The Caryophyllidae
Family Overview - The Caryophyllales
Caryophyllaceae - the Pink Family
Diversity:  A large (83-89 genera, ca. 3,000 species - as treated by the Flora of North America), but distinctive family of often Spring-blooming herbs that tend to produce fairly large, showy flowers.  The ethnoflora includes those selected as ornamentals, such as the Carnation (Dianthus) and taxa specialized to occupy human-mediated disturbance (weeds), such as Stellaria media.

Distribution:  Found throughout the World - cosmopolitan - but centered in north-temperate areas.  The Texas flora with 19 genera and 59 species.

Floral structure:

Significant features:  All taxa of the Caryophyllaceae show a distinctive 'subset' vegetative feature; opposite leaves.  In addition, the nodes are often swollen or expanded and petiole bases are often collected across the node by a transverse, stipulate line.  Apetaly and imperfect flowers are rare and most taxa show a full (both calyx and corolla present and distnct) pentamerous (5-parted) perianth with no connation.  The petals can be bifid (two deep lobes) or often with a regular, lacerate (cut) margin (appear to be cut with pinking shears or 'pinked'.  The uniloculate ovary, marked by free central placentation, matures to form a denticidal (dehiscing by terminal valves - photo) capsule.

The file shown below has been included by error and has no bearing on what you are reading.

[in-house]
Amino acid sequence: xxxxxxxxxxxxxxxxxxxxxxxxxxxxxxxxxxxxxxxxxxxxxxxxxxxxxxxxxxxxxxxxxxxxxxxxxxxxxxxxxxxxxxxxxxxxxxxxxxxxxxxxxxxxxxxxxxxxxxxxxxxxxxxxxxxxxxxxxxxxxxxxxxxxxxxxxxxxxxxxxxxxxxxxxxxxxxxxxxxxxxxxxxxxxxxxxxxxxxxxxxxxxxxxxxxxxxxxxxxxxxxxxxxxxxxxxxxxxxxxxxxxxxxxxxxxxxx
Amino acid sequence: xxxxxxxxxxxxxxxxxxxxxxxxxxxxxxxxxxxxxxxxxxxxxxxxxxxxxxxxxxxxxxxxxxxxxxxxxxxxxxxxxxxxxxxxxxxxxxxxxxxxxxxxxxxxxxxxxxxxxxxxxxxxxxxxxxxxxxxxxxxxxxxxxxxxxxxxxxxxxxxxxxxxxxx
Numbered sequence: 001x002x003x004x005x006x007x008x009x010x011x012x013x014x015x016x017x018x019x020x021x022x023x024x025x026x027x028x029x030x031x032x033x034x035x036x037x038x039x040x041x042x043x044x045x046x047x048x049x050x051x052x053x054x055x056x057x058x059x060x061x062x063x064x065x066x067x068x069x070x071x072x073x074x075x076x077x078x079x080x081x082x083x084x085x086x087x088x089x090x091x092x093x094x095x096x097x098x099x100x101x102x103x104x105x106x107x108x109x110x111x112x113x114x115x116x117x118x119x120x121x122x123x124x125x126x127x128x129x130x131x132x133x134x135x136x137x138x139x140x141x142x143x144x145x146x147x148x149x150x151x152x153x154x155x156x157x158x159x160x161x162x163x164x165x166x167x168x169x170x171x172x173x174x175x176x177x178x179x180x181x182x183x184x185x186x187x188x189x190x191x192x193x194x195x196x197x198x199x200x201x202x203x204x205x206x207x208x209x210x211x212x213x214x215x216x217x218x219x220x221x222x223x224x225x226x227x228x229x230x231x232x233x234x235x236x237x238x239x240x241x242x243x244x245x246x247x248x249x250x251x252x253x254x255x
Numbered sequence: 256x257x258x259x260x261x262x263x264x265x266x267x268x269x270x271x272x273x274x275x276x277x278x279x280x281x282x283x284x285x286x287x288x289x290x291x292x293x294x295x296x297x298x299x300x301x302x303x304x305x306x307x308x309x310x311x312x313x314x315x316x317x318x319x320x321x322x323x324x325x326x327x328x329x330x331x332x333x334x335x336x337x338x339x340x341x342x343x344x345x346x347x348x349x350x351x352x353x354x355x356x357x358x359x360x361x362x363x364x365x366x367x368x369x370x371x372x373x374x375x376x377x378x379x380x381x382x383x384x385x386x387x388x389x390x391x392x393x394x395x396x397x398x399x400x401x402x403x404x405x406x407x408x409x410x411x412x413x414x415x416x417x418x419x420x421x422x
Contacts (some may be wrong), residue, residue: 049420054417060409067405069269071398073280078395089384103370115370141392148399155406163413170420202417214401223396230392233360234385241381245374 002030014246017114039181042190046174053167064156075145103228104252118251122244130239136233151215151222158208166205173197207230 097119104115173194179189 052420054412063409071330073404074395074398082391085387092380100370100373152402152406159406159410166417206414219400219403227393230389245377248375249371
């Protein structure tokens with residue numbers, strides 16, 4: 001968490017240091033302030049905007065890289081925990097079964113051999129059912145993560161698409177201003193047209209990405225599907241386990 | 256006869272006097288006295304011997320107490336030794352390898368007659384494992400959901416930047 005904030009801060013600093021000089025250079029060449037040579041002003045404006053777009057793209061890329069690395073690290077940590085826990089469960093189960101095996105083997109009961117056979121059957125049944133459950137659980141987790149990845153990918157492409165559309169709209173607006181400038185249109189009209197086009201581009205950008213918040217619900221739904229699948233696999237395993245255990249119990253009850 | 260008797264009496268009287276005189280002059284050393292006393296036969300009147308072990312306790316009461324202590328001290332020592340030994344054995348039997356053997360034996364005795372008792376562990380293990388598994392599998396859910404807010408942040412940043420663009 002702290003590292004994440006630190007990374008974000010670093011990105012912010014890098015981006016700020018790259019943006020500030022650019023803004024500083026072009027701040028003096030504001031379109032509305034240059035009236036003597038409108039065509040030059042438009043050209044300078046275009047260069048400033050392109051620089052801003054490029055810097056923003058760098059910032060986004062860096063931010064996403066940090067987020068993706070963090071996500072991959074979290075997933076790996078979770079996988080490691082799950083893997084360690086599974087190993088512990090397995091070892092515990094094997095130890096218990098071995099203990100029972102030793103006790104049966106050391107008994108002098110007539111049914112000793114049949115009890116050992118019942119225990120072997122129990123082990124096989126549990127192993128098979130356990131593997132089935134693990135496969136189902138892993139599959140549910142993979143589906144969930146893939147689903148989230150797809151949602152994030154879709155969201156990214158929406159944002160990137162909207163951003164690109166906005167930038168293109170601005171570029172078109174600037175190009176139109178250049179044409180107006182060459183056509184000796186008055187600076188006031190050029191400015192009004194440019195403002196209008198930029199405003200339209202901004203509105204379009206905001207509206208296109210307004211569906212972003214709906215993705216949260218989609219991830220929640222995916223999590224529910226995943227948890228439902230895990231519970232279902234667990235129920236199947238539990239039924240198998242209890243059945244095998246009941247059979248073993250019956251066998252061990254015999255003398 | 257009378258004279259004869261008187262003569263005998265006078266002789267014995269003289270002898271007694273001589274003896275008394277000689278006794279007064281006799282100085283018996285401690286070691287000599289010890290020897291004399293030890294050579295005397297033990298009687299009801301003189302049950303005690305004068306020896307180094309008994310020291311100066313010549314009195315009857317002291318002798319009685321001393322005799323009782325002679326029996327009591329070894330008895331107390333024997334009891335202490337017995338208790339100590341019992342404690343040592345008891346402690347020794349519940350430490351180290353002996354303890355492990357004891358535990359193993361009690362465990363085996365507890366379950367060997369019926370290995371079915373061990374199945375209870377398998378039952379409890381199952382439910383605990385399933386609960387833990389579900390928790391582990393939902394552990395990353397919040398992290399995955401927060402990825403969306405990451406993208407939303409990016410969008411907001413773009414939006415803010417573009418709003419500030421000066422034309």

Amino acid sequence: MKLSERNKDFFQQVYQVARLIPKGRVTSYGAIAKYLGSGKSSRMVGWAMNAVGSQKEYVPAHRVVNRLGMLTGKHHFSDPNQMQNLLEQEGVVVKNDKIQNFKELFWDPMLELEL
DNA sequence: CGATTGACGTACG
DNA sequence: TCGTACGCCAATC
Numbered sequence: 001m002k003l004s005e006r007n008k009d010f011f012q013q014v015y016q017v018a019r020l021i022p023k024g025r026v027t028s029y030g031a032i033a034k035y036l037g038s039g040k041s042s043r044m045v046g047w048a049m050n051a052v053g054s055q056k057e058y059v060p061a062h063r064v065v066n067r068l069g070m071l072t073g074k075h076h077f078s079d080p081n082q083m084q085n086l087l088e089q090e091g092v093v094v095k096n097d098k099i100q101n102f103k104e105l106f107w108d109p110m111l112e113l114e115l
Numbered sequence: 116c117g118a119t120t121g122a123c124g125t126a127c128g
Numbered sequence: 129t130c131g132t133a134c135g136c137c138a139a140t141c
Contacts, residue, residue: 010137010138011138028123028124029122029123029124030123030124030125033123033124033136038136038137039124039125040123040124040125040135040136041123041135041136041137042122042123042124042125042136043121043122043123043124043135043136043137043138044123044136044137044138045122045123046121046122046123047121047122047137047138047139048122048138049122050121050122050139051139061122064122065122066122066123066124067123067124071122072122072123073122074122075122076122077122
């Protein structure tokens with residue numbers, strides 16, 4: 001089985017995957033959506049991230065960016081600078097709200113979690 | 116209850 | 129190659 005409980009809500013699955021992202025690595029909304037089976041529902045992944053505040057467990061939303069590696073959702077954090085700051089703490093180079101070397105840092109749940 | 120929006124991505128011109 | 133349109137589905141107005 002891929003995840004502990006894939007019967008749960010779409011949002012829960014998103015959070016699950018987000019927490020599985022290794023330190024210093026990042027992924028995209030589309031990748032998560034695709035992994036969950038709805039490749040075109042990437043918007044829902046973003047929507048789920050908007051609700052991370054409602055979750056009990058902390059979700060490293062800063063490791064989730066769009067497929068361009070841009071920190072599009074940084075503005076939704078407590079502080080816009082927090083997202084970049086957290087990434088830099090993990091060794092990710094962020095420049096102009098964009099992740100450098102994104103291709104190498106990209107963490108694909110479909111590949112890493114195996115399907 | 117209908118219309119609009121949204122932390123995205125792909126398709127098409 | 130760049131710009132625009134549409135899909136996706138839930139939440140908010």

Cerastrium glomeratum - 'mouse-ear chickweed' showing bifid petals and denticidal capsule Dianthus sylvestris - 'pinked' petals of a 'wild' carnation (sylvestris = wild, not domesticated) Cerastium arvense - bifid petals, 10 stamens, hypogynous with 5 styles emerging from the top of the superior ov

More information on the Caryophyllaceae 

Type Genus?  from Dr. James Reveal:  "In 1753, Linnaeus decided to apply the name Caryophyllus to a group of tropical plants of the family Myrtaceae, and establish Dianthus for a temperate herb long known to pre-1753 botanists as Caryophyllus. In spite of this, post-1753 authors continued to use Caryophyllaceae as the family name for the group of plants that contained the genus Dianthus but exclude the genus Caryophyllus. For the family name to be used (within the rules of nomenclature), Caryophyllaceae has been conserved."  (genera of Myrtaceae)


Return to the Biology 301 homepage, or the Caryophyllidae page
18 Feb 2010